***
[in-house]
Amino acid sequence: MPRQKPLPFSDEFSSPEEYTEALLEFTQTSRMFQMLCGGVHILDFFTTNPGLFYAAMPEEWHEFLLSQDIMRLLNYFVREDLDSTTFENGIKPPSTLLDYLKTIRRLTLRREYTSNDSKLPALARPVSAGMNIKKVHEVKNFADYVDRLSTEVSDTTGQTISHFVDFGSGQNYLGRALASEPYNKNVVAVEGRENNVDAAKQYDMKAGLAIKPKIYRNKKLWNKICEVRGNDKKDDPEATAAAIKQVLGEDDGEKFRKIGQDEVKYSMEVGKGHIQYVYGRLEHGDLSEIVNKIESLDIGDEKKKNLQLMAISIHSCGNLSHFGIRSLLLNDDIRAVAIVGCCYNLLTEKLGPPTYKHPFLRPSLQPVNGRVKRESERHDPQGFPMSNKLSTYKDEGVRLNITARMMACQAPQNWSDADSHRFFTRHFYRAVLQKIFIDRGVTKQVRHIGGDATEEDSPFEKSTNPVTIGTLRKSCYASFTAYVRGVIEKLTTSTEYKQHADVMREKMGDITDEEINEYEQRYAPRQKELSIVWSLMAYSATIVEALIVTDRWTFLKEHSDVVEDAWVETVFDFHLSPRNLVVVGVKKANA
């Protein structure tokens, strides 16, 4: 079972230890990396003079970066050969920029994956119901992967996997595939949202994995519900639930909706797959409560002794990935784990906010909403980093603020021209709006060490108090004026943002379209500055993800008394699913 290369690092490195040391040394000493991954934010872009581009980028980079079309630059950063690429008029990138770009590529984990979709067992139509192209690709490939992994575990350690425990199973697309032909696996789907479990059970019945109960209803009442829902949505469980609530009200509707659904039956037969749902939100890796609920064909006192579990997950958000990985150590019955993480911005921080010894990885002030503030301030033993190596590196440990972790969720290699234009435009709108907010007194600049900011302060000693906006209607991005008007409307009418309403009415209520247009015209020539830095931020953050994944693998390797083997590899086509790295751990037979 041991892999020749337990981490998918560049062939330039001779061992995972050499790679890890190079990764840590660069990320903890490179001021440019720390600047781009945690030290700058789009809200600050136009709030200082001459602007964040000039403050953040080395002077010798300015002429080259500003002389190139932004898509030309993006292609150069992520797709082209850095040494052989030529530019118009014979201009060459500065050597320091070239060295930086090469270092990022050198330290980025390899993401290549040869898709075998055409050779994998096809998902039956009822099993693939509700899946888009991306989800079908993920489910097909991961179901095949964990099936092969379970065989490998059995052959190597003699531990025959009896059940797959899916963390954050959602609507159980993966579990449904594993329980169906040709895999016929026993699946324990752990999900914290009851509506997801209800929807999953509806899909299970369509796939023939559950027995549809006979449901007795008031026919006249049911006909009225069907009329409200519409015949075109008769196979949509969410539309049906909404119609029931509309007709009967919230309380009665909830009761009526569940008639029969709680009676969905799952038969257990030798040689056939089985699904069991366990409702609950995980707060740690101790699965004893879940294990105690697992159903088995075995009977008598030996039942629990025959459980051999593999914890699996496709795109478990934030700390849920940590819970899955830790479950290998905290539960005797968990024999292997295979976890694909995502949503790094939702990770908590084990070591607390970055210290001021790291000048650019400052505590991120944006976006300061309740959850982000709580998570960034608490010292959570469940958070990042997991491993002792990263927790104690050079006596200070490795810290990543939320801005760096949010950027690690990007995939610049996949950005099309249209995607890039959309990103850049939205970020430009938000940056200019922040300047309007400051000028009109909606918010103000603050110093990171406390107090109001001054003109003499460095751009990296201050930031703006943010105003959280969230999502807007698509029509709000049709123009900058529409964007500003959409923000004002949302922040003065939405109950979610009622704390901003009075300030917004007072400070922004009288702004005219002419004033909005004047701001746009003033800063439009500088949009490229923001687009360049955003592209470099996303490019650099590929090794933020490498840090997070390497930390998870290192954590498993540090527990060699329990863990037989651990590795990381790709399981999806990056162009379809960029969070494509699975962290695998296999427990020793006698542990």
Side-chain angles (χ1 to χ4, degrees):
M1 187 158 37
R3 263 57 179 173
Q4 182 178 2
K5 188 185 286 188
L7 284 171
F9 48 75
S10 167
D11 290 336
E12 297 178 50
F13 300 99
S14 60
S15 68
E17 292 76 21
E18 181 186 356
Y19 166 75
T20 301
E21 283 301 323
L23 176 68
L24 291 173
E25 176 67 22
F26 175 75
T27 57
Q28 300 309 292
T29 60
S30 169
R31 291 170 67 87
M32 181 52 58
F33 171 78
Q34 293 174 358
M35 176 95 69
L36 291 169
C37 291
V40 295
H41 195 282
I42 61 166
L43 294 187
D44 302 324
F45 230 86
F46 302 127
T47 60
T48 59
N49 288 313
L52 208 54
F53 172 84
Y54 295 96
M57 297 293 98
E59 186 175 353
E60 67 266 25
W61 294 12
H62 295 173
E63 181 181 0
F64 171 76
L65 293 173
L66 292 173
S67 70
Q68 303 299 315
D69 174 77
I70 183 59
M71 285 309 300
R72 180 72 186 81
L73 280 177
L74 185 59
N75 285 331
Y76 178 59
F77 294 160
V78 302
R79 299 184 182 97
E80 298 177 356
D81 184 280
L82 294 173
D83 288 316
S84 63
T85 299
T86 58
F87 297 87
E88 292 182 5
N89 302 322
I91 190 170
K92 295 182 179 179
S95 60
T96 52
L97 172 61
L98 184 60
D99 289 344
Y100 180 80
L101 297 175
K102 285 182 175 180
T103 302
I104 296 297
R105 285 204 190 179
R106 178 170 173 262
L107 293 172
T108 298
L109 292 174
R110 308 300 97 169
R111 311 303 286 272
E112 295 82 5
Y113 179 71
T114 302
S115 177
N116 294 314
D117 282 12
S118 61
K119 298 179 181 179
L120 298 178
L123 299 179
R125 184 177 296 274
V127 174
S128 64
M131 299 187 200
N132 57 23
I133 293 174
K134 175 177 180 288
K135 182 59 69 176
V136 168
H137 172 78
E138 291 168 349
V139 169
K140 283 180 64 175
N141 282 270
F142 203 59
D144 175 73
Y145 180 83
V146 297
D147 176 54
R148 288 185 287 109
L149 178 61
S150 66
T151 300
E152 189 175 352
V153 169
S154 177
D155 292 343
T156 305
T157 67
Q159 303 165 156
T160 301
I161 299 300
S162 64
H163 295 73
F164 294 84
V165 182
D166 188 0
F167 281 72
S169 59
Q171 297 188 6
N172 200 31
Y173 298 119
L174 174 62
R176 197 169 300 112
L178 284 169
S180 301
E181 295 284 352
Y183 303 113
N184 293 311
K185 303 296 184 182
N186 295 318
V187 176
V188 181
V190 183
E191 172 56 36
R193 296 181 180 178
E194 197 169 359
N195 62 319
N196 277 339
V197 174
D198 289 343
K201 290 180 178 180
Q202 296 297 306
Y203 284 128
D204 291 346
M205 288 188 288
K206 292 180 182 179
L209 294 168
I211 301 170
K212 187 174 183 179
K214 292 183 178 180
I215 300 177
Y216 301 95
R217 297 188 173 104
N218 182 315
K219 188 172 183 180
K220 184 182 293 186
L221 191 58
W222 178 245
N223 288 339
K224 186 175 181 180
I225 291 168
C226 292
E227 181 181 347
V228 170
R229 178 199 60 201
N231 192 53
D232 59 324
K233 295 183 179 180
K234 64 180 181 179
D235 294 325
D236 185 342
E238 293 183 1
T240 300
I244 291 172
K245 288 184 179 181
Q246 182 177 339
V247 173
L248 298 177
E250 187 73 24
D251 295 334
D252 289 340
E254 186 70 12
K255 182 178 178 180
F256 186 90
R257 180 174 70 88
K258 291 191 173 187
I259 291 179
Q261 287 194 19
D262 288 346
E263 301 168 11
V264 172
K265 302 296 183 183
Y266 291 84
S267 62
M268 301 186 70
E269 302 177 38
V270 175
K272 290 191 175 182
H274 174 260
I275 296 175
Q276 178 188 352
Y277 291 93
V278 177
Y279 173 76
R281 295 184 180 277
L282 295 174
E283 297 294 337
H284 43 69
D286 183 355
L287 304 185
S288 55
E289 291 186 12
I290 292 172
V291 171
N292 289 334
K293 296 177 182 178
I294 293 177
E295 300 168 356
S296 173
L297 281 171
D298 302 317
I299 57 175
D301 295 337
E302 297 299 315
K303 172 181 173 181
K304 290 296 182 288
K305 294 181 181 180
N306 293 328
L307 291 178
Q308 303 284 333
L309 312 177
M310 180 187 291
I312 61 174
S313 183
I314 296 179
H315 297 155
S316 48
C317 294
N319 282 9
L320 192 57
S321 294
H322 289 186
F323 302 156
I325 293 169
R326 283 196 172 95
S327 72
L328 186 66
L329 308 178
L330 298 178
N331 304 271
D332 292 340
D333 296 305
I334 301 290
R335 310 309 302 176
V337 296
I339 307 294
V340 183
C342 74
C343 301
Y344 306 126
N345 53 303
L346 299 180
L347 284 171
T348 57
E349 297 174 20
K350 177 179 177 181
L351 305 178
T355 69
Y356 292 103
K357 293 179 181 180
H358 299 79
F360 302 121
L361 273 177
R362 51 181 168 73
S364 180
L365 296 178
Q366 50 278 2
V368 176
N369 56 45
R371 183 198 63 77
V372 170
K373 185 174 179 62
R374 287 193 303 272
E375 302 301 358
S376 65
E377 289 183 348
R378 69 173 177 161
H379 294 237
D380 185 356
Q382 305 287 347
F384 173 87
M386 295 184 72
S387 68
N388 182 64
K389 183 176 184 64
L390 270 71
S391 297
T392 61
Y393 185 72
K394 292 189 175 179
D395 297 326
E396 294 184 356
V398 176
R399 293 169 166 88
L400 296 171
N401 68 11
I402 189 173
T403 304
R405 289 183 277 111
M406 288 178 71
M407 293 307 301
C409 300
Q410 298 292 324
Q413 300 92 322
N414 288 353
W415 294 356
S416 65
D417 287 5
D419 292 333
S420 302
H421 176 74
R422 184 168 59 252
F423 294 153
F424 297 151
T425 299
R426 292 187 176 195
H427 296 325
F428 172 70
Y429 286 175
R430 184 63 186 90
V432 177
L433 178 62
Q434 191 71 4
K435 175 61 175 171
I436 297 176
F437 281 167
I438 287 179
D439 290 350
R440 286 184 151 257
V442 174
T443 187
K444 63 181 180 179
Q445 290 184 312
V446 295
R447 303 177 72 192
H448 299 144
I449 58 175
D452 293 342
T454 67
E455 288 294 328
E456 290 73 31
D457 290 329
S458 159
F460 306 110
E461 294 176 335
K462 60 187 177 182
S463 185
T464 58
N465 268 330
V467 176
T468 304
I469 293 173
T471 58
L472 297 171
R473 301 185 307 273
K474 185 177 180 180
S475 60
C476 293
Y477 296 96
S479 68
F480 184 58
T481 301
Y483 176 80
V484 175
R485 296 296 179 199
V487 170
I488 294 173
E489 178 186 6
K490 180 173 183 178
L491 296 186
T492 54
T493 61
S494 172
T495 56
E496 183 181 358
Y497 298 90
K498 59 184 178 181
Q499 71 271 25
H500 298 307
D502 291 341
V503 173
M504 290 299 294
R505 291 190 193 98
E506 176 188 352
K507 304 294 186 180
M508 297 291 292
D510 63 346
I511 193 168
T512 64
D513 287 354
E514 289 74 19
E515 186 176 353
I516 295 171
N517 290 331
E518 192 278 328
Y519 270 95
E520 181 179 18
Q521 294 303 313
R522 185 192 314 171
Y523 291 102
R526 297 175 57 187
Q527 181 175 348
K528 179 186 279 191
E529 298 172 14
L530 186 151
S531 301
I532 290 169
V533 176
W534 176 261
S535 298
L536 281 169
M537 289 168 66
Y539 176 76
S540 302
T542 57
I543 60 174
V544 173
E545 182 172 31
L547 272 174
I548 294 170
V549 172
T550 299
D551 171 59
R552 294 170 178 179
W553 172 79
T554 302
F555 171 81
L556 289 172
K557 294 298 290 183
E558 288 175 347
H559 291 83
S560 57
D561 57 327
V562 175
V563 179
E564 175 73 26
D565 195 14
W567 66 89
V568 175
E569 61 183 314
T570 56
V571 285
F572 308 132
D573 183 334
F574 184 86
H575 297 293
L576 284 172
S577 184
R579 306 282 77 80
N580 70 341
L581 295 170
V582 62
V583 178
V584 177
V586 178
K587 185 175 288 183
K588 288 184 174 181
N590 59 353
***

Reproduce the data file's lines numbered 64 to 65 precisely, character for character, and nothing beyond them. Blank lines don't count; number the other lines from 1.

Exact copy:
R72 180 72 186 81
L73 280 177